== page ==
[…] a multifaceted transnational corporation involved in religious teachings, politics, business, and education. It offers hundreds of goods and services for which members are urged to give “donations”
The team identified only five relevant papers, and assessed them all. The first compared examined an experiment using school students in Oklahoma and Hawaii as subjects. One group received a Narconon presentation, the other did not. If Narconon’s techniques were effective, you would would expect the group that saw the presentation to be less likely to use drugs. Four years later, the group that recieved the presentation used drugs 78% less often that the control group. 78% is a remarkable figure – similar to Narconon’s claimed 76% success rate for rehabilitation. The authors note that:
It must be mentioned that the study was supported by Narconon, conducted by Narconon staff, and the second author, Ms Cecchini, is the former Executive Director of a Narconon center.
There is surely a vested interest here – an organisation simply cannot honestly assess itself. Both the integrity of the data (supplied by Narconon staff) and it’s evaluation (by someone employed by Narconon) are highly suspect. The second study concerns a Narconon drug rehabilitation facility in Stockholm. Researchers approached 61 clients four years after their participation. It found that 77% did not complete the programme. It is difficult to understand how Narconon can claim a 76% success rate when, in this case, 77% of the clients dropped out before completing the progamme. The third study (of a Narconon halfway house) concluded that:
[…] there was little evidence that a significant number of the clients treated at Narconon were drug dependent individuals. Additionally there is little doubt that the religion of Scientology is advocated, openly discussed, and encouraged within Narconon. Since the Church of Scientology is a religion it appears that State money is being directly used to support a church. There appears to be little difference between Narconon and the Church of Scientology.
The authors were only able to obtain an abstract (a short summary provided at the beginning of the paper) of the forth study. Although it claimed positive results, it was consequently impossible to assess its reliability. The final study considered was the one posted above, from the California Department of Education, which was highly critical of Narconon’s ‘educational’ activities.
The authors decided that, overall:
There is currently no reliable evidence for the effectiveness of Narconon as a primary or secondary drug prevention program. To the extent our extensive database search could determine, no randomized controlled trials about the program have been conducted
In other words there is no reliable scientific evidence at all to support the claims made by Narconon. The only justification that can be offered by Narconon is that those are based on the writing of L Ron Hubbard which they, as Scientologists, believe to be effectively infallible.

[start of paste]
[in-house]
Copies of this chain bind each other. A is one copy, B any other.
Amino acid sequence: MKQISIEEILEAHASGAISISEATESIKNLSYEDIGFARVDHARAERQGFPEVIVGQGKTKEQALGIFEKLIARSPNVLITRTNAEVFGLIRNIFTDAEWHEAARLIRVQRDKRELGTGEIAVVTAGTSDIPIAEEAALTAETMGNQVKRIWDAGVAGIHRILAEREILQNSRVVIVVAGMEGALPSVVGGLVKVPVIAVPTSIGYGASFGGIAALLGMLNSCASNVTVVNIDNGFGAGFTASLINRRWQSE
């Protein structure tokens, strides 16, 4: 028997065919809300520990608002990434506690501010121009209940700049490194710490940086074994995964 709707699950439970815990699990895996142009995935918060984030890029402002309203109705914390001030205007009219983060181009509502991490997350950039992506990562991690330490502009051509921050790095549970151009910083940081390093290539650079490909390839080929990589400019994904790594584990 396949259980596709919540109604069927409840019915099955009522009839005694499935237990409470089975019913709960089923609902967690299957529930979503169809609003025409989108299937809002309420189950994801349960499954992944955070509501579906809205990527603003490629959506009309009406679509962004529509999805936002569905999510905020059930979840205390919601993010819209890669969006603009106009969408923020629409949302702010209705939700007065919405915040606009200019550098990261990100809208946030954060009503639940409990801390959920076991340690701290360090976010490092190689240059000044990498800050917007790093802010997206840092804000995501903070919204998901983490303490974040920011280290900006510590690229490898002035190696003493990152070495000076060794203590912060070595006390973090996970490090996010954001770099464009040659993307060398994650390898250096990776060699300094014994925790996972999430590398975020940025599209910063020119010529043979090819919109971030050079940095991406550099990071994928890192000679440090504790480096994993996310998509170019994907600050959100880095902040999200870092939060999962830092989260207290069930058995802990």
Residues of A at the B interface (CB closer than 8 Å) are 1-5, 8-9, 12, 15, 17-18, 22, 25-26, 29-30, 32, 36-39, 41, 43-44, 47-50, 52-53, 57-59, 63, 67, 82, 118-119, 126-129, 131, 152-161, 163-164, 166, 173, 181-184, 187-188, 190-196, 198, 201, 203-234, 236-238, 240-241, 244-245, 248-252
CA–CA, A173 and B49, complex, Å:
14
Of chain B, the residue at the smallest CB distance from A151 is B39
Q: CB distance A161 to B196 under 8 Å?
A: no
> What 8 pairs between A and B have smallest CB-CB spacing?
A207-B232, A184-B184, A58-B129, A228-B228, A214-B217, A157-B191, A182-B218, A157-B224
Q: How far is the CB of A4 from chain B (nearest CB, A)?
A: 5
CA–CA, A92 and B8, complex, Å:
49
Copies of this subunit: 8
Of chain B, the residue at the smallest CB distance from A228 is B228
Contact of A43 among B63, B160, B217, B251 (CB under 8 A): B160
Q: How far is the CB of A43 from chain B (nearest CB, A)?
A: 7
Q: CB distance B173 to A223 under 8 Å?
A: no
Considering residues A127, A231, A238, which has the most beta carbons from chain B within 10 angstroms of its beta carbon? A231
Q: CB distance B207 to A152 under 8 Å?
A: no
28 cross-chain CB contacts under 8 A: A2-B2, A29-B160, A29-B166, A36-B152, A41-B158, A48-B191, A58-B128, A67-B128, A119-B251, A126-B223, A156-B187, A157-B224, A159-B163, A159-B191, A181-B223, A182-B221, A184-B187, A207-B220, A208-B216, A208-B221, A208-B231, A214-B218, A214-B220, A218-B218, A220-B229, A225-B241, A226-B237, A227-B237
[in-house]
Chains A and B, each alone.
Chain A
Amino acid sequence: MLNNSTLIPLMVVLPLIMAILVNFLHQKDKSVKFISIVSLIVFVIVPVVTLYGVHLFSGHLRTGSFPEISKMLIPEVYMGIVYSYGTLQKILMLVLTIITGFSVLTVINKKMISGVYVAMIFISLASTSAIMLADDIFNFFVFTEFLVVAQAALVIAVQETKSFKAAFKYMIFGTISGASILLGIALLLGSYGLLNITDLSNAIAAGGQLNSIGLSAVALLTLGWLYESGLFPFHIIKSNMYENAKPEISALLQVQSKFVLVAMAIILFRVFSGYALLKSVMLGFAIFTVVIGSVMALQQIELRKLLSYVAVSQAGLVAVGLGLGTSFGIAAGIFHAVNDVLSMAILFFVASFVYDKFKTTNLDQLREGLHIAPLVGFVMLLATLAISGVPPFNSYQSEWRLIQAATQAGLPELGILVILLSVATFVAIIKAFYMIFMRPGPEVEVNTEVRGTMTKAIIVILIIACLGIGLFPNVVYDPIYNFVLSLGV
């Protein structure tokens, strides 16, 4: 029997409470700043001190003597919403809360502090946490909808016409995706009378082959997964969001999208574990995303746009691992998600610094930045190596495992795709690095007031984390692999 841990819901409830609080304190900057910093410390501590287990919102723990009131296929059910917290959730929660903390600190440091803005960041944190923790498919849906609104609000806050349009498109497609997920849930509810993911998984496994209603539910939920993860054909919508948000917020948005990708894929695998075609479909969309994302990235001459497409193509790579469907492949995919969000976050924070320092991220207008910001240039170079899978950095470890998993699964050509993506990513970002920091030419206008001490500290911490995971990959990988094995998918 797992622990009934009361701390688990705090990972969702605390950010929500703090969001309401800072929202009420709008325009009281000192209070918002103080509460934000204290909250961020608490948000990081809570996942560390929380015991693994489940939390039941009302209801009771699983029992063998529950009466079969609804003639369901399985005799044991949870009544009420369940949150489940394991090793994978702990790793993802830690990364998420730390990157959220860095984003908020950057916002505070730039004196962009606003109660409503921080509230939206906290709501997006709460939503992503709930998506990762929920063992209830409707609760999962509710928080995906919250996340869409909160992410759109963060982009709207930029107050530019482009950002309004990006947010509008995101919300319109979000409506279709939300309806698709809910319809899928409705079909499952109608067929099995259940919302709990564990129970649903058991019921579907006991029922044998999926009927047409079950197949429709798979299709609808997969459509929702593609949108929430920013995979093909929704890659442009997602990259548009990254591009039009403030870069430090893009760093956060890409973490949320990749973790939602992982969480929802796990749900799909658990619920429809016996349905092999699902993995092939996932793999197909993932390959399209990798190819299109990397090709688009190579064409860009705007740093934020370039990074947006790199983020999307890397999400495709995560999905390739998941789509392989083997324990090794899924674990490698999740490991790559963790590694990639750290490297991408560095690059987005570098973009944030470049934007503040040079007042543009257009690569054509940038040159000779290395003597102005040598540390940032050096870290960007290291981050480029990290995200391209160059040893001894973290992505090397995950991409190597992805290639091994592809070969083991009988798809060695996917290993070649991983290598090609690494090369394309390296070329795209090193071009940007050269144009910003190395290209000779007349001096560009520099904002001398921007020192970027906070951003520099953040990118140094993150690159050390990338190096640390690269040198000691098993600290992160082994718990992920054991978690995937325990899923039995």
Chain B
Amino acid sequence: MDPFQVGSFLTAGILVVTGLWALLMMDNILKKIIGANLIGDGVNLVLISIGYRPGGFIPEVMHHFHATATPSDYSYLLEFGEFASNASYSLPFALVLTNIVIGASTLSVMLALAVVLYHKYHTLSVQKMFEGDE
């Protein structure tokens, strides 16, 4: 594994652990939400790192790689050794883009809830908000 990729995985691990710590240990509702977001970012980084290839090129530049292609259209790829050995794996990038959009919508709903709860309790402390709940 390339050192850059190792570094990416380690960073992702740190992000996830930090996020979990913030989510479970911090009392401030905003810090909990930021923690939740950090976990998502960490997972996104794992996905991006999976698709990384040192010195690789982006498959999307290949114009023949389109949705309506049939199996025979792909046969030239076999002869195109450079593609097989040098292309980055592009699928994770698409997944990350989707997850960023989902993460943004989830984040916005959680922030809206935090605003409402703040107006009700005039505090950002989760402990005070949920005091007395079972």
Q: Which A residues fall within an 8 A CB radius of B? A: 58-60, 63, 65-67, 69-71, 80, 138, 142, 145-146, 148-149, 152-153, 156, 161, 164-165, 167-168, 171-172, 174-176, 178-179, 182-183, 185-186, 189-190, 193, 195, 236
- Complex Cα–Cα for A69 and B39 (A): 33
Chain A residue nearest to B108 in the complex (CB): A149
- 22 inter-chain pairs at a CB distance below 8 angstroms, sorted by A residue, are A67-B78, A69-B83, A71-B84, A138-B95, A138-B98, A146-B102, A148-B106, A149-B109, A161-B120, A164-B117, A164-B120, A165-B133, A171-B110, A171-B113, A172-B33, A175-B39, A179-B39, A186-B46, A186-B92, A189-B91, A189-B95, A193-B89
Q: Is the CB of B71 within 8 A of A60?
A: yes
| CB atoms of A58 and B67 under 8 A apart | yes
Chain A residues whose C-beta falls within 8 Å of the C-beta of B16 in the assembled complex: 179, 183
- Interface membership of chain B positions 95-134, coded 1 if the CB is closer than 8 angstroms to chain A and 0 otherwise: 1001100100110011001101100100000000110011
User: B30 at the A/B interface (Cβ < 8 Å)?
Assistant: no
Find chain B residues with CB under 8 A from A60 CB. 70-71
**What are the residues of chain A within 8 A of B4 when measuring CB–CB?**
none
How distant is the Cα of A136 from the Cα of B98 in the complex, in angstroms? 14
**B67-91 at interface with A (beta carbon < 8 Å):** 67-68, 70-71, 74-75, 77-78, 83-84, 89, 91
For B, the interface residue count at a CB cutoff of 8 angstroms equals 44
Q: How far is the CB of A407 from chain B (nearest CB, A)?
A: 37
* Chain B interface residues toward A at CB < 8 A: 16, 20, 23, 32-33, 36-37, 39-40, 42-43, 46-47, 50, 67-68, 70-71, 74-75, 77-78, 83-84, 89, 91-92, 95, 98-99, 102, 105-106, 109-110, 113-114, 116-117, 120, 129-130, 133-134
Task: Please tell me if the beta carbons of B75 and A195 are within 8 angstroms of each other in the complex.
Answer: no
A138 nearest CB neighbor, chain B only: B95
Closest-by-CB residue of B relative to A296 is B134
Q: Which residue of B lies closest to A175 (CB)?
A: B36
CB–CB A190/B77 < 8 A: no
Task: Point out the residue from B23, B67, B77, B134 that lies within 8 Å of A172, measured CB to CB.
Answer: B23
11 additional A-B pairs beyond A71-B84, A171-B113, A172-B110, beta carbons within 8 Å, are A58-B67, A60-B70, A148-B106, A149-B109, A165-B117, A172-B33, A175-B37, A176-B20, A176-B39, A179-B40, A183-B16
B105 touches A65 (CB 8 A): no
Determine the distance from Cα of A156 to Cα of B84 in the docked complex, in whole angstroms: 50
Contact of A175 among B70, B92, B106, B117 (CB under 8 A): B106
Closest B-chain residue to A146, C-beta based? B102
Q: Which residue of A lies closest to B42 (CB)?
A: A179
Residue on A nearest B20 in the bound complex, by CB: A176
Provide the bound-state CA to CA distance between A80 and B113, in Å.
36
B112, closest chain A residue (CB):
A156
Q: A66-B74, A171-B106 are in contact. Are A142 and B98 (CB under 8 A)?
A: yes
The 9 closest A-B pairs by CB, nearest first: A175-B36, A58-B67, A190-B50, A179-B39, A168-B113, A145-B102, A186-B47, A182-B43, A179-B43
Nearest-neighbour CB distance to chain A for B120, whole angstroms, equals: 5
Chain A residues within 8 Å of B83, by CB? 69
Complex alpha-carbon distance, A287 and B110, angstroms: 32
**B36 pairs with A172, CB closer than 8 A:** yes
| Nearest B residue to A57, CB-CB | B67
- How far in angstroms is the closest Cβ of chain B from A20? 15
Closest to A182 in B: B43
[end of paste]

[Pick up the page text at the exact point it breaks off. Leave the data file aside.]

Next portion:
2005 | Narconon Science references and Background | Download as .pdf This document, which represents the official view of Narconon is included to demonstrate that Narconon really does make the statements that the authorities above criticise. For example, the California Department of Education condemn Narconon for teaching that:
- Drugs are poisons
- The amount of a drug determines if it acts as a stimulant or as a sedative
Narconon not only makes this claim, but attributes it to the founder of Scientology, L Ron Hubbard on page 8:
Drugs essentially are poisons. The degree they are taken determines the effect. A small amount gives a stimulant. A greater amount acts as a sedative. A larger amount acts as a poison and can kill one dead. This is true of any drug. Each has a different amount. L. Ron Hubbard, August 1968
The ‘science references’ consist of very brief quotations (sometimes as few as 15 words) from a large of number of scientific papers. Unfortunately, like some of the quotations use in film posters, they are taken completely out of context. The California Department of Education also criticises Narconon for stating that:
Small amounts of drugs stored in fat are released at a later time causing the person to re-experience the drug effect and desire to use again
This is scientific nonsense. Drugs are highly reactive substances which are rapidly metabolised. This UK government-sponsored drug education website gives representative times. It is also irresponsible – such a claim may cause unnecessary fear in people who have used drugs in the past. This fear which could be used to pressure them into undertaking (and paying for) Scientology’s ‘purification rundown‘ to rid themselves of non-existent ‘drug residues’. Once again, this claim came directly from Hubbard’s writings, and is quoted in the Narconon document as if he was an authority in the subject:
Not only LSD but other chemical poisons and toxins, preservatives, pesticides, etc., as well as medical drugs and the long list of heavy street drugs (angel dust, heroin, marijuana, etc.) can lodge in the tissues and remain in the body for years…. “Thus it seems that any or all of these hostile biochemical substances can get caught up in the tissues and their accumulation probably disarranges the biochemistry and fluid balance of the body.” L. Ron Hubbard, February 1978
Hubbard held no degree-level qualifications, and even if he had have done they would be woefully out of date by now. His only encounter with higher education came when he dropped out the first year of a physics course. Again, tiny quotes are taken out of context to support Hubbard’s unsupported assertion. Many other claims are made in this document, and ‘supported’ in the same way – for example the notion that drug use ‘uses up’ vitamins and minerals which must be artificially ‘replenished’ in the form of pills and preparations. They are all contrary to mainstream scientific and medical knowledge.